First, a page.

Re: Effect of longer term modest salt reduction on blood pressure: Cochrane systematic review and meta-analysis of randomised trials
In their recently published meta-analysis (1), He et al. compares their analysis with ours (2). In contrast to the claim by He et al, the main difference between the two analyses is not the result of the outcomes, but the interpretation of the outcomes.
In 1998 we published a meta-analysis including 83 references on the effect of sodium reduction, which analyzed other outcome variables than blood pressure (2). Requested by the Cochrane institution we have updated our analysis in 2003 (96 references) (3) and 2011 (167 references) (4).
Each of our analyses have been followed by a similar meta-analysis by He and MacGregor, being copies with respect to outcomes and extracted data, but with more restrictive inclusion criteria on study duration and dose of sodium reduction. The first was published in 2002 (25 references) (5). The second was published also as a Cochrane review (28 references) (6). It is, however, surprising that the editors of BMJ have chosen to give a high priority (15 pages) to a third copy by He et al. with a minimal update of 2 references and no news value (1).
He et al. only include studies lasting 4 weeks or longer and with no additional treatment in any of the randomized groups. They argue that this makes a difference. It does concerning the power of the analysis (30 references vs. 167 references), but not convincingly concerning the outcomes. They find the effect on the blood pressure in hypertensive whites to be −5.12 mm Hg/ −2.66 mm Hg, which is similar to our finding in studies lasting more than 4 weeks (-5.18/-2.59). Although the effect on the blood pressure in normotensive whites was a little big bigger than our estimate, the difference between the two analyses was still small (-2.11/-0.88 vs. -1.29/-0.45). Like in our analysis, He et al. also find statistically significant increases in renin, aldosterone and noradrenalin, but they do not find effects on the lipids, which we also did not in studies lasting 4 weeks or more. However only 5-8 studies (262-365 participants) are included in the 4 lipid analyses, which have p-values between 0.11 and 0.22, indicating that the lack of significance could be due to lack of power. Consequently it is too early to decide whether the significant effect on lipids we found in 19-25 studies (586-773 participants) with duration of 1 week or more is temporary or permanent.
In their conclusion He et al. link the association between blood pressure and mortality and between sodium reduction and blood pressure to conclude that sodium reduction is associated with mortality. This is, however, a hypothesis not proven by scientific data. Such a link is not obligatory, as exemplified by the effect of beta blockers, which reduce blood pressure in hypertensives twice as much as sodium reduction, but do not reduce mortality in a meta-analysis of 23613 participants (7). The reason for this is unknown, but could be side effects. However, in spite of the significant side effects on hormones and borderline significant trends on lipids in their own analysis, He et al. explains away this possibility and they also denies the possibility of a J-shaped association between salt intake and mortality shown in several recent population studies. Instead they rely completely on the unproven blood pressure hypothesis. With these firm beliefs He et al. can - in their copy paper – repeat unjustified conclusions from innumerable previous papers.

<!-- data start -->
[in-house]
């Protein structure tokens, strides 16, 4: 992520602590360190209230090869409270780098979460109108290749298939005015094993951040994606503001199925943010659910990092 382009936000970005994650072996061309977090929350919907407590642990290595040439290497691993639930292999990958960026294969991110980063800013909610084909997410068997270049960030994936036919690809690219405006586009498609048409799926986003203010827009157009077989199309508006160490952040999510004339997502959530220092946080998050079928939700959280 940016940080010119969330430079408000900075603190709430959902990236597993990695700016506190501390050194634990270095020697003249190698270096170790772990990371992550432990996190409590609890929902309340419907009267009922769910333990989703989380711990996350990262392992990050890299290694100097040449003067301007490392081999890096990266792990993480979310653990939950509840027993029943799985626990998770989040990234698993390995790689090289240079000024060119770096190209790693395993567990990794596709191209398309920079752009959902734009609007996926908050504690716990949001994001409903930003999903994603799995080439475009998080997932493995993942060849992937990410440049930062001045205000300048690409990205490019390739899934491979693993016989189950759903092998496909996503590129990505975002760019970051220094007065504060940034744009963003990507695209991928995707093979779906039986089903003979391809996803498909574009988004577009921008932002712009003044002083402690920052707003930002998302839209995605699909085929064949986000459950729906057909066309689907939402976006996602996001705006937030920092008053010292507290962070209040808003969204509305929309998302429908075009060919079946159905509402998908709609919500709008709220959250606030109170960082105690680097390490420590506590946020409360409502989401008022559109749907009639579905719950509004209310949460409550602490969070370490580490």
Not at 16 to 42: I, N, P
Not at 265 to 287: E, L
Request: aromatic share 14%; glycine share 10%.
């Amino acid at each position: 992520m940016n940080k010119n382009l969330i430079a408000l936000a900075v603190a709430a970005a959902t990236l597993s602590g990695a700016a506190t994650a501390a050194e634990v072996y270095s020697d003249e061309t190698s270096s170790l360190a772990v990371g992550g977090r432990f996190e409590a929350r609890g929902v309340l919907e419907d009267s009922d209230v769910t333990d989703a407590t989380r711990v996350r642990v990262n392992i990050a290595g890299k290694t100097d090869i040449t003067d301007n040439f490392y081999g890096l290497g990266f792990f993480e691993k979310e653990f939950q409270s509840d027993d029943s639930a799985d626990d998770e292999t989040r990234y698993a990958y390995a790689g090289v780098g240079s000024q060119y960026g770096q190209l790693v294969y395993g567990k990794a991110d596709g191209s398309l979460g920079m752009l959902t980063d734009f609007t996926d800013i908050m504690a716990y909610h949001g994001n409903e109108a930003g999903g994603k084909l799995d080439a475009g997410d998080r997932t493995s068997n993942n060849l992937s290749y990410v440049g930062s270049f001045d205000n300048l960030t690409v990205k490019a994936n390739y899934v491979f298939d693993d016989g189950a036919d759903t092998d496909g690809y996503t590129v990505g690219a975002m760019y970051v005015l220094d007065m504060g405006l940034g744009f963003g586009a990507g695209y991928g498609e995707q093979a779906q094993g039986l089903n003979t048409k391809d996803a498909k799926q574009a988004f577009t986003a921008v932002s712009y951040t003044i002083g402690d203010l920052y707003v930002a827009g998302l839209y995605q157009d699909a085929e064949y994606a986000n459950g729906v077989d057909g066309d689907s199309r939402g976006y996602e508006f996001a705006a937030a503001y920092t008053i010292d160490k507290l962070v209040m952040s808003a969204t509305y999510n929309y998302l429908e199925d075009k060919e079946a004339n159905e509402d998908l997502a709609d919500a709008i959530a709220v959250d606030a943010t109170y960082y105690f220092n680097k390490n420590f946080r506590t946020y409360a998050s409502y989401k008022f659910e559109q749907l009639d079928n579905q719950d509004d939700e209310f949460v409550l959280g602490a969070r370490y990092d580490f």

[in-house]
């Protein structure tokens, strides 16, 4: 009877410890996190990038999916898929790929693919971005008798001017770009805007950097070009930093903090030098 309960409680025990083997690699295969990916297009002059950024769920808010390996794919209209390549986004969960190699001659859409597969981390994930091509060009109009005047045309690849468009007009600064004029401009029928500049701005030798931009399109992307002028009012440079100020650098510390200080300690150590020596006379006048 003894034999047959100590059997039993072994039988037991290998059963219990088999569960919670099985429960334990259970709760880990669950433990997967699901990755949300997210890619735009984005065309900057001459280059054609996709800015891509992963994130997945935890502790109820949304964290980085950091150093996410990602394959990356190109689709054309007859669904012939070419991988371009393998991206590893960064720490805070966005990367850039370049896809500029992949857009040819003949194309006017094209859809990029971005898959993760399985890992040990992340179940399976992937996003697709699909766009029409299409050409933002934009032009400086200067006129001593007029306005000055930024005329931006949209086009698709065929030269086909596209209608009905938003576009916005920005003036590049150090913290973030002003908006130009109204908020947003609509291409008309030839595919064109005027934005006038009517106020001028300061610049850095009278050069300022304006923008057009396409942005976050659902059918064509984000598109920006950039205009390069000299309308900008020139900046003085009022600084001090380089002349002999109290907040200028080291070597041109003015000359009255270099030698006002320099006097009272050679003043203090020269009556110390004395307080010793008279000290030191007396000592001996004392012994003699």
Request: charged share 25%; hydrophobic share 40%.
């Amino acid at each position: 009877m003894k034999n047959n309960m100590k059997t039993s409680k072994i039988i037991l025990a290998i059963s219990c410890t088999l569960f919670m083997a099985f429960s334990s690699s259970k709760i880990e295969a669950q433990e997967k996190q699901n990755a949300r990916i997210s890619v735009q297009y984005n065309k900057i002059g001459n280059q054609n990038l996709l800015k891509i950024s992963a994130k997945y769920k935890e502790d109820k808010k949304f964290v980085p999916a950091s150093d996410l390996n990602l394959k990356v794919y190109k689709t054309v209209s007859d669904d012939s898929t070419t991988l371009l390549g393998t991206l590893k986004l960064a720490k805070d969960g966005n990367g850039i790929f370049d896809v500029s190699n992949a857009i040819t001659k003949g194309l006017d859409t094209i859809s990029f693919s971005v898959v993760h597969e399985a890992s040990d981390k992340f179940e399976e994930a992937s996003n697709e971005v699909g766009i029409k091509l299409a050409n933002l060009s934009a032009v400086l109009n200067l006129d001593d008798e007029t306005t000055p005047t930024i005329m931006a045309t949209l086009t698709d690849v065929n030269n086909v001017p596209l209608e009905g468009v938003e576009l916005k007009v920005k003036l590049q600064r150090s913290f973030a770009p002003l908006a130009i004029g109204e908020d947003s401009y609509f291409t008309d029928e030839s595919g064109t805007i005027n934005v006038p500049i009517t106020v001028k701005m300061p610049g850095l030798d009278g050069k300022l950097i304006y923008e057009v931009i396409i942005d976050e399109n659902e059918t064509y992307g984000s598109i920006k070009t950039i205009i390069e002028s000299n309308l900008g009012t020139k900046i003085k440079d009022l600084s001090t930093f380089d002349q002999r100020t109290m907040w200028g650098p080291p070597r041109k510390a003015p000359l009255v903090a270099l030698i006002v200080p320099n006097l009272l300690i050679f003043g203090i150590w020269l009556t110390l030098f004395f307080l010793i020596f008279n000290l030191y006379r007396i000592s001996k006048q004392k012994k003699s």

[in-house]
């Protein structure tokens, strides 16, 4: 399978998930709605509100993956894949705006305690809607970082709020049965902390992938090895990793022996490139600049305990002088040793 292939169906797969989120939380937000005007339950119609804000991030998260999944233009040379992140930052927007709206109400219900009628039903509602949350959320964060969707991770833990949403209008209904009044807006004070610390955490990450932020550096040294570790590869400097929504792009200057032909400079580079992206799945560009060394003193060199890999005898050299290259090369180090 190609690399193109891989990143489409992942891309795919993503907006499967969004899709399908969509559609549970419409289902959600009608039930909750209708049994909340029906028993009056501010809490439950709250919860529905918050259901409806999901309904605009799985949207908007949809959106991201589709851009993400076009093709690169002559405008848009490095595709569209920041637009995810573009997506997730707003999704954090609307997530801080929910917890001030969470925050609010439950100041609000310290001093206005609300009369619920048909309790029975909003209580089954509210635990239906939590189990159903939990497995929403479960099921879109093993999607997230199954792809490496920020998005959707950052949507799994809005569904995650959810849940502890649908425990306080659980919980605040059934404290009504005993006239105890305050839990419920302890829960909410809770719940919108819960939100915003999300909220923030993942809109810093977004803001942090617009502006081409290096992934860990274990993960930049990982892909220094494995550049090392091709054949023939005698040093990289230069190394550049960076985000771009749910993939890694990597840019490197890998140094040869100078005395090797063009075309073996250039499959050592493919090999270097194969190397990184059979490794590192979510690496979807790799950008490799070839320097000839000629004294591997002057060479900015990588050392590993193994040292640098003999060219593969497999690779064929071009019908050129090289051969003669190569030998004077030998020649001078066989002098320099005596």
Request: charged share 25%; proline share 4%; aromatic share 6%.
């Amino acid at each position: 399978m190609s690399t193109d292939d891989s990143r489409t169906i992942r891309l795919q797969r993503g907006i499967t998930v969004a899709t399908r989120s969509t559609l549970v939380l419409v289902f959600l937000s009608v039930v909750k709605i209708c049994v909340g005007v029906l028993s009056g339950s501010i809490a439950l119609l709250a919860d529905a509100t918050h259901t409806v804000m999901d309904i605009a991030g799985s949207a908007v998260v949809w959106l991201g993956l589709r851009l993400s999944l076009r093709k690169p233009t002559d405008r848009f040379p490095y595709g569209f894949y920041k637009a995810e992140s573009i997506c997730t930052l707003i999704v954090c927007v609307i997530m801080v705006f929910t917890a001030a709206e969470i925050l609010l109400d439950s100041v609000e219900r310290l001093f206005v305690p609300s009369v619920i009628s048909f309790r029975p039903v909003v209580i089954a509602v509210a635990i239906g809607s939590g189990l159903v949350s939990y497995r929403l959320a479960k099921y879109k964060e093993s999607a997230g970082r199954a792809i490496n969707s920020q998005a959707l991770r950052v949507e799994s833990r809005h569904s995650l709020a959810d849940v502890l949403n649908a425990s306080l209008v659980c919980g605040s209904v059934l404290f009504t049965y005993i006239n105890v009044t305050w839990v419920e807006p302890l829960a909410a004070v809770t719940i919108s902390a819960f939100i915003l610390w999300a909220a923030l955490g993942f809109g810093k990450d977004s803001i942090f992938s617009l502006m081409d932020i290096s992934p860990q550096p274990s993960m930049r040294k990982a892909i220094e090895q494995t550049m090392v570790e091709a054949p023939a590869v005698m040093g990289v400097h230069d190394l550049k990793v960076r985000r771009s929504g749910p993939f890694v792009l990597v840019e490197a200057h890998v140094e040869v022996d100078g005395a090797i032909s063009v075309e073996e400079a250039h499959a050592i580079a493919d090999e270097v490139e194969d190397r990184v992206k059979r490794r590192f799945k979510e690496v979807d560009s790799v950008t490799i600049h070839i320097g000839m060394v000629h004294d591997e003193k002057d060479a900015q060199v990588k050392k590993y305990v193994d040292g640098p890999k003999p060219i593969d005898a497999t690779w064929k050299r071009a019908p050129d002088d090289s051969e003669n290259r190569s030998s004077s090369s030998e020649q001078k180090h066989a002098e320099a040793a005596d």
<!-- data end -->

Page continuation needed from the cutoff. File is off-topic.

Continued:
In contrast, we think that general recommendations based on one single outcome (a small blood pressure effect) without knowing the consequences of this effect and possible accompanying side effects on morbidity and mortality is potentially hazardous.
1) He FJ, Li L, MacGregor GA. Effect of longer term modest salt reduction on blood pressure: Cochrane systematic review and meta-analysis of randomised trials. BMJ 2013;346:f1325 doi: 10.1136/bmj.f1325
2) Graudal NA, Galløe AM, Garred P. Effects of sodium restriction on blood pressure, renin, aldosterone, catecholamines, cholesterols, and triglyceride: a metaanalysis. JAMA 1998; 279:1383–1391.
3) Jürgens G, Graudal NA.Effects of low sodium diet versus high sodium diet on blood pressure, renin, aldosterone, catecholamines, cholesterols, and triglyceride. Cochrane Database Syst Rev. 2003;(1):CD004022.
4) Graudal NA, Hubeck-Graudal T, Jurgens G. Effects of low sodium diet versus high sodium diet on blood pressure, renin,aldosterone, catecholamines, cholesterol, and triglyceride. Cochrane Database Syst Rev. 2011 Nov 9; (11):CD004022. doi:10.1002/14651858.CD004022.pub3.
5) He FJ, MacGregor GA. Effect of modest salt reduction on blood pressure: a meta-analysis of randomized trials. Implications for public health. J Hum Hypertens. 2002;16:761-70.
6) He FJ, MacGregor GA. Effect of longer-term modest salt reduction on blood pressure. Cochrane Database of Systematic Reviews 2004, Issue 1. Art. No.: CD004937. DOI: 10.1002/14651858.CD004937.
7) Wiysonge CS, Bradley HA, Volmink J, Mayosi BM, Mbewu A, Opie LH. Beta-blockers for hypertension. Cochrane Database Syst Rev. 2012 Nov 14;11:CD002003. doi:10.1002/14651858.CD002003.pub4.
Competing interests: No competing interests